University of Newcastle (UoN) workers are stopping work for 24 hours tomorrow over poor pay and working conditions. It is the first strike since 2018 at the university, in the industrial city north of Sydney.
The National Tertiary Education Union (NTEU), which covers the staff, is seeking a new enterprise agreement with university management. The former agreement expired a year ago, in September 2021.
The stoppage was voted for at a membership meeting on September 8. That followed a protected action ballot vote by an overwhelming 97 percent to take industrial action, with some 92 percent voting for a 24-hour strike. A further 24-hour strike has been authorised at a date that is yet to be determined if no agreement can be made between the NTEU and management by Friday.
Despite weeks of negotiations, management is offering only a 6 percent pay rise over three years, which would mean a 2 percent pay rise per annum, a huge real wage cut when inflation is predicted to be 7.75 percent by the end of this year.
In June, NTEU branch president Dan Conway proposed a 15 percent pay rise over three years, also well below the inflation rate, and even further behind the real increases in the cost of living.
The strike votes demonstrate the readiness of workers to fight for decent pay and conditions. It also reflects the wider intent of university staff to oppose the wholesale destruction of jobs and conditions, which the NTEU has permitted, especially since the start of the COVID-19 pandemic.
At the University of Sydney, members have voted 92 percent in favour of going on strike for the fourth time this year. The majority voted to make it a two-day strike on October 13 and 14.
University of Queensland workers voted by 93 percent to take one-day strikes and stopped work on September 1. Staff at Griffith University, James Cook University and Queensland University of Technology have voted to seek protected action ballots, which are required to take industrial action under the draconian Fair Work Act laws adopted by the last Labor government, backed by the unions, in 2009.
The aim of the NTEU, however, is to keep isolating workers, university-by-university, and wear them down through ineffectual one- or two-day strikes. It has opposed calls by members of the Committee for Public Education (CFPE) for a unified struggle against the onslaught on jobs and conditions, which is continuing under the current Labor government.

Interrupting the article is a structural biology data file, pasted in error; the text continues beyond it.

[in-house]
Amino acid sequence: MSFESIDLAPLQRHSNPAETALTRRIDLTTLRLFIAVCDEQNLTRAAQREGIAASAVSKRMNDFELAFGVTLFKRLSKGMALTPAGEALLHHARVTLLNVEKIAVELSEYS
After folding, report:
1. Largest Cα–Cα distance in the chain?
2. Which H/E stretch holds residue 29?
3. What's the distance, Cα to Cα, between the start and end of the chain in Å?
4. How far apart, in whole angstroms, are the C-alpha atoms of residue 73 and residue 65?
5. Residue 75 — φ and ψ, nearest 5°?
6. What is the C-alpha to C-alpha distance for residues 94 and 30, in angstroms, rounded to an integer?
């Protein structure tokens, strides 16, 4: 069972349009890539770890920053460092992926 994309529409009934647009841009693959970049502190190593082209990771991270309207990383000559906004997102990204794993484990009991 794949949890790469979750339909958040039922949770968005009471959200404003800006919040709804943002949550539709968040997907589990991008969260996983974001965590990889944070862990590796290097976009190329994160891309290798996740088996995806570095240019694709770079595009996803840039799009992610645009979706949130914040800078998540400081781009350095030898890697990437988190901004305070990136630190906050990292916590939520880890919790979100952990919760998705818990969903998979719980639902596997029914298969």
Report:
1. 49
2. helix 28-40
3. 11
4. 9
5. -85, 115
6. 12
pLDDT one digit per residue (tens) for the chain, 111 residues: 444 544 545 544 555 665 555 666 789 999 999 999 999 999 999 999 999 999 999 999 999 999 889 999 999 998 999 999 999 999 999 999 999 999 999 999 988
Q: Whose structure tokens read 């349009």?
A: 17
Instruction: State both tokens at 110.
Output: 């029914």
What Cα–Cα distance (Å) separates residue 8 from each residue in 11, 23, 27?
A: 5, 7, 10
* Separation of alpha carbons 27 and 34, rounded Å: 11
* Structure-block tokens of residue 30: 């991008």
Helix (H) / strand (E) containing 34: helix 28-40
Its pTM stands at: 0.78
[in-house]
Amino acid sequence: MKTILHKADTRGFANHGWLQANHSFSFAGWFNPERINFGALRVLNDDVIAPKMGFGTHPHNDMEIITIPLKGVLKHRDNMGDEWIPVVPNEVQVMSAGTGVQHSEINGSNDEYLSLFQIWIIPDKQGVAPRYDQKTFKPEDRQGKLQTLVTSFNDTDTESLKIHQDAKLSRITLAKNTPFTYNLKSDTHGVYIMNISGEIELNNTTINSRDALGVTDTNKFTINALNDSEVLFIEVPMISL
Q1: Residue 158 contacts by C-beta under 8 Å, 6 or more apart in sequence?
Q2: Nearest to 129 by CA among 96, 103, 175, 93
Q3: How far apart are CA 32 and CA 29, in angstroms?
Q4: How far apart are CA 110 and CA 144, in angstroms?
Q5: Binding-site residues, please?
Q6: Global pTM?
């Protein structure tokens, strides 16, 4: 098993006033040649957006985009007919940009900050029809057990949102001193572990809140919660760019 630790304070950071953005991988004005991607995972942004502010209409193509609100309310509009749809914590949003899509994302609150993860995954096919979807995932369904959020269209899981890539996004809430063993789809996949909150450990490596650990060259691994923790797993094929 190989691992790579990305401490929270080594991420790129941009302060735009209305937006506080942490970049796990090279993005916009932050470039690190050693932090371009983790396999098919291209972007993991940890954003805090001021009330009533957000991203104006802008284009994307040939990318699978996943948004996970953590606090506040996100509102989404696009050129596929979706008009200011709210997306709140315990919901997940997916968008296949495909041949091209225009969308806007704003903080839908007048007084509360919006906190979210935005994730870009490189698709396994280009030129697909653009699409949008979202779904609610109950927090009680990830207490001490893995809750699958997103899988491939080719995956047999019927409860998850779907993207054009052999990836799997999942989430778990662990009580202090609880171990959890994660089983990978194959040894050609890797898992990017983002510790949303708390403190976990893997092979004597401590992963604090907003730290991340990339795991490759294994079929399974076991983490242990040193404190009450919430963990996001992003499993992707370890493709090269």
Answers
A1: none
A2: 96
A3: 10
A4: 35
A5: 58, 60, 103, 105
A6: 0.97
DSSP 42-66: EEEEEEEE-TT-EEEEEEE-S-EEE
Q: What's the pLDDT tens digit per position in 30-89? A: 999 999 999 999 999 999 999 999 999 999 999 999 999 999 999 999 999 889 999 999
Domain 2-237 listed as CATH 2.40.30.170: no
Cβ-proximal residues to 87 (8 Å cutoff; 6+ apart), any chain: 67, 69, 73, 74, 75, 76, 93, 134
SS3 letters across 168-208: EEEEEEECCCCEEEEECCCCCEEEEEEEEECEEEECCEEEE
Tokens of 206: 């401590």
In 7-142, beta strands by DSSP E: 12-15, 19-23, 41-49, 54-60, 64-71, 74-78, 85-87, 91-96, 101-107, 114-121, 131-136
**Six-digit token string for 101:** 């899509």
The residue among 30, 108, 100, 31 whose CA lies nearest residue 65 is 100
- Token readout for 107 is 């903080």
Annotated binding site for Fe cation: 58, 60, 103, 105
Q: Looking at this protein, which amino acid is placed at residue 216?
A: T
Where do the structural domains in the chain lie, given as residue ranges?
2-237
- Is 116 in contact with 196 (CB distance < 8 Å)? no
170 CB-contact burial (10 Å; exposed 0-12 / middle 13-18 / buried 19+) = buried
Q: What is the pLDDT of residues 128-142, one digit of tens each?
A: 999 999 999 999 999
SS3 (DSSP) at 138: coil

At UoN, the management is demanding the introduction of a new employment category called “Academic Periodic Employment,” which is essentially a casual staff position without the 25 percent casual loading.
Management is also pushing for the 25 days of annual leave to be split into “sick and carers” leave of 15 days and “life leave” of 10 days. Life leave would not accrue year-on-year, potentially limiting the amount of leave staff members can take.
In an interview with the Newcastle Herald last week, Conway said, “what we are seeking aren’t crazy leftist demands as they are sometimes portrayed… we have accommodated many of management’s requirements in the interests of achieving agreement.”
In other words, the union is continuing to trade off workers’ conditions to meet the management’s demands, as the NTEU has done for decades. This accommodation to management has intensified since the start of the COVID-19 pandemic, when the NTEU nationally offered to accept thousands of job cuts and wage cuts of up to 15 percent.
The union’s log of claims is deliberately vague. Under the section “job security,” it demands that “redundancy only occurs when the work is no longer required to be performed by anyone.” This is effectively giving management its blessing to cut jobs that are “no longer required” in line with the ongoing corporate restructuring and cost-cutting.
Under “organisational change and redundancy,” the union states that the “agreement should specify that no individual should be subject to organisational change affecting their employment more than once in the life of the Agreement.” This would still allow management to carry out restructures and cuts.